SA – Murray – Meet Dave Jacka At Moorook

This morning we were greeted by a beautiful sunrise at this corker of a camp spot. It is not difficult to see why so many people love spending times near the Murray. We were sitting outside drinking the morning coffee when a couple of heavily loaded tinnies pulled up at the boat ramp, one was towing another tinnie like a punt. One carried a wheelchair and the other was flying an Australian Flag and had a folding bike on the front.
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Our curiosity got the better of us and we went over to chat to the guys at the boat ramp who told us they were the support crew for David Jacka who was paddling a kayak down the full length of the Murray. We saw the preparation the guys were making for David’s lunch stop while they were devouring the pies they had got from the general store – this was the first junk food they had had for some time. Apparently the Murray is about 2200 km long and the group had about 450 km to go. David broke his neck at the age of 19 and has quadriplegia and only about 6% of normal body function.

​David and his crew had obviously done a lot of planning for the trip to assist him achieve his goal. This involved designing a modified Kayak, a home made trolley to roll the Kayak in and out of the water and a manual lifting apparatus that would make any OHS department cringe but allows the crew to transfer David between his Kayak and wheelchair alongside the river. David later told me that he has a hoist at home but actually prefers to transfer using the manual lift rather than a hoist.

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We decided to defer our departure from Moorok to meet David and he arrived at the boat ramp about an hour later, together with another Kayaker. I was amazed  by his ability to independently paddle the modified Kayak using a blow/suck pipe to control the rudder that would normally be operated by the feet. David has very limited ability to grip with his hands and this was overcome by taping the paddles to his hands. The Kayak was fitted with small outriggers to provide additional stability given his inability to shift his body from side to side.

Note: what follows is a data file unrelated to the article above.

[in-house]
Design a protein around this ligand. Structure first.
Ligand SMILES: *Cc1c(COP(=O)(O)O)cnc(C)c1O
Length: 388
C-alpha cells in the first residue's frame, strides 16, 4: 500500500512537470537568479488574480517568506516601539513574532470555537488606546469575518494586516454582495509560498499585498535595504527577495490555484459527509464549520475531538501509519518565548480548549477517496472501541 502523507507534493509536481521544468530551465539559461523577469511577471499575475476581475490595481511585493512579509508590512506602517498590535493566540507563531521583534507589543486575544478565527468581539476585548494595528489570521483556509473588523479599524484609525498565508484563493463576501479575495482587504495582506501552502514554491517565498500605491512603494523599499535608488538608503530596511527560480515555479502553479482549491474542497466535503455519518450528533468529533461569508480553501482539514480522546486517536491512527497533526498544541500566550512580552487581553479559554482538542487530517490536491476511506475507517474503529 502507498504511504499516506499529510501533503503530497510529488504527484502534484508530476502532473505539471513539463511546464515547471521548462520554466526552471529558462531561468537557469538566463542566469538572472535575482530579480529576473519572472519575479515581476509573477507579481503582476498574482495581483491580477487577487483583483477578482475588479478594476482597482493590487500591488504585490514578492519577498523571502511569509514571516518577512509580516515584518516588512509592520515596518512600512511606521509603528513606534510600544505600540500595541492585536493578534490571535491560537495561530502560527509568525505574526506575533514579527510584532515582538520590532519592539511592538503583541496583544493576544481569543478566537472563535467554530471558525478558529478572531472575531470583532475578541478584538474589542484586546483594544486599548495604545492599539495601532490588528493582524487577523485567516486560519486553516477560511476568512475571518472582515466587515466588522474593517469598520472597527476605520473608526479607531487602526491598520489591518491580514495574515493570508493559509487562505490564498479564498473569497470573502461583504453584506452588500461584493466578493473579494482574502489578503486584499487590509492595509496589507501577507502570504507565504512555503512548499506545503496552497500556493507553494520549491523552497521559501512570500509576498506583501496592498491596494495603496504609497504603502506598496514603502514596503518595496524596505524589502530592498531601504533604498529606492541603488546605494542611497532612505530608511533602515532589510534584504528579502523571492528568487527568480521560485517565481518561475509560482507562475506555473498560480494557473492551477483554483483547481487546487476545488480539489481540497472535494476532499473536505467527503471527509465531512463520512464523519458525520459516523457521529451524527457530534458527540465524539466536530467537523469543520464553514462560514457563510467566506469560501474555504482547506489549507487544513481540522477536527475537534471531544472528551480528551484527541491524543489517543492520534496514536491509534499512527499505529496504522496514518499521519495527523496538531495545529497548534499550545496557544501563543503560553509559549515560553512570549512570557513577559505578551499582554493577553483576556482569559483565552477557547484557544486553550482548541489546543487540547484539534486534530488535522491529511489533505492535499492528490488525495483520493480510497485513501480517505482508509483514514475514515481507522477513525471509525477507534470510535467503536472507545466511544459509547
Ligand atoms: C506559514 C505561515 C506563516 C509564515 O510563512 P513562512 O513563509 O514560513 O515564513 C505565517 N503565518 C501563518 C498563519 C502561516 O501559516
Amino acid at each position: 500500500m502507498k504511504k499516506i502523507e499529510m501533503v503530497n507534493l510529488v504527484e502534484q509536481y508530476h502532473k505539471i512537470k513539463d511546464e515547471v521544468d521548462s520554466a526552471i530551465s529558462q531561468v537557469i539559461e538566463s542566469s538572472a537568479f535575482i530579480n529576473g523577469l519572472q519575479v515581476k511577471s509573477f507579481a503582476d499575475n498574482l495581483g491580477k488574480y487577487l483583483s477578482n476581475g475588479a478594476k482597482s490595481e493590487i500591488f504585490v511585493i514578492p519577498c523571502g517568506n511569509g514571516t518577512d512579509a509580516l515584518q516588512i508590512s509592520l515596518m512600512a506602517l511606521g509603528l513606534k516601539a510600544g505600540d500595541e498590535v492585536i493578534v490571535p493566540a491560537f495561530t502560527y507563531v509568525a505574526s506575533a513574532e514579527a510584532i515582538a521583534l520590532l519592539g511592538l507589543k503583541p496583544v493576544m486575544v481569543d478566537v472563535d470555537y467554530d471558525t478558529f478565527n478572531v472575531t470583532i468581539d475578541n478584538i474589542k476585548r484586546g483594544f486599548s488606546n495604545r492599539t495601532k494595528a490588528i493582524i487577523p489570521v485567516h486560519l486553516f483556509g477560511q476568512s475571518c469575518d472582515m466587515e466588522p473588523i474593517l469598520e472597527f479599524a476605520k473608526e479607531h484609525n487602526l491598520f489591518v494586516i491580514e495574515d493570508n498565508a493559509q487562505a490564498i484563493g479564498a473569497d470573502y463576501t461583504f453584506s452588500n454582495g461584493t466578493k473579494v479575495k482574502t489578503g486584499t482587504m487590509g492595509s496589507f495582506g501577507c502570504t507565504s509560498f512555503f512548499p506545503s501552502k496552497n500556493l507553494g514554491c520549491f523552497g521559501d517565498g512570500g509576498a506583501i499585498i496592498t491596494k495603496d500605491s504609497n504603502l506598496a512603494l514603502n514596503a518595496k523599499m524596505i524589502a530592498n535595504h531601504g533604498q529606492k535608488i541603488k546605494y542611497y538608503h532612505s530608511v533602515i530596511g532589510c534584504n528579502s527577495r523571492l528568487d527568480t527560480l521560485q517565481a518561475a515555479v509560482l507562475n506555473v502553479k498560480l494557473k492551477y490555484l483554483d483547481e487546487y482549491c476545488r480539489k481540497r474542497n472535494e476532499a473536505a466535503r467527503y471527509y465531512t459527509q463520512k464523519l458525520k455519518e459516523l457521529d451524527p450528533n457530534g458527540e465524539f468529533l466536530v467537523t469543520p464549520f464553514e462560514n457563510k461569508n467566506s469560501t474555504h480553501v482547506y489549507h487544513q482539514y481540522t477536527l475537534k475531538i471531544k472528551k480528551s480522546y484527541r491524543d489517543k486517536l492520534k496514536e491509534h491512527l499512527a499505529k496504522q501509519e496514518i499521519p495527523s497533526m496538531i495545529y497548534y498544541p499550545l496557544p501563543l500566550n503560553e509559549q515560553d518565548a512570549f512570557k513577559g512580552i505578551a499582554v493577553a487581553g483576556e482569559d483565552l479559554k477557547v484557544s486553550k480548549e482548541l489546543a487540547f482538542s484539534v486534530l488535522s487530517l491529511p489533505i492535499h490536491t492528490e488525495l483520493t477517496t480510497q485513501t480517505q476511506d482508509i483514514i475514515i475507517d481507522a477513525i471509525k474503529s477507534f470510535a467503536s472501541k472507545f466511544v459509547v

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We learned a bit more about David as he was modestly telling us about some of his previous achievements.   When I asked him how he got to paddle the Murray he said with his dry wit that he was putting on a bit of weight and was looking for a new challenge having already flown a plane solo around Australia and competed at the paralympic games.

We left the guys to devour the rest of the available hot food the general store had to offer and have a well deserved rest before the afternoon paddle. David is an inspirational man and we wish him the best of luck for the rest of his journey. Here is is giving me the best thumbs up he could manage with his gloved and taped hands and then a photo of him paddling on after lunch.

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 We look forward to following David on the rest of his journey down to the mouth of the Murray. More information on David and his achievements can be found on his website and facebook page

After delaying our departure we decided to stay another night at Moorook. We tried a spot of fishing but with no luck at all and even “Pete the Pelican” gave up guarding the fishing rods. 

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The caravan behind us had left in the morning and Cath and Carl from WA claimed the spot. We spent an interesting night talking around the campfire as Cath works as an integration aide in a school and Carl was diagnosed with Parkinson’s disease nine years ago. Alan and Carl spent time comparing notes on their experiences.

This certainly reinforced the approach we are taking to cope with the condition which is to focus on the now rather than the distant future and to enjoy life while we can rather than continue with work commitments and risk not being able to achieve our goals – if a quadriplegic can kayak the length of the Murray there is no reason why we cannot drive around Australia!

 
 
 
This entry was posted in SA Riverland, SA Yorke Peninsula, Tales of a Blonde Nomad.

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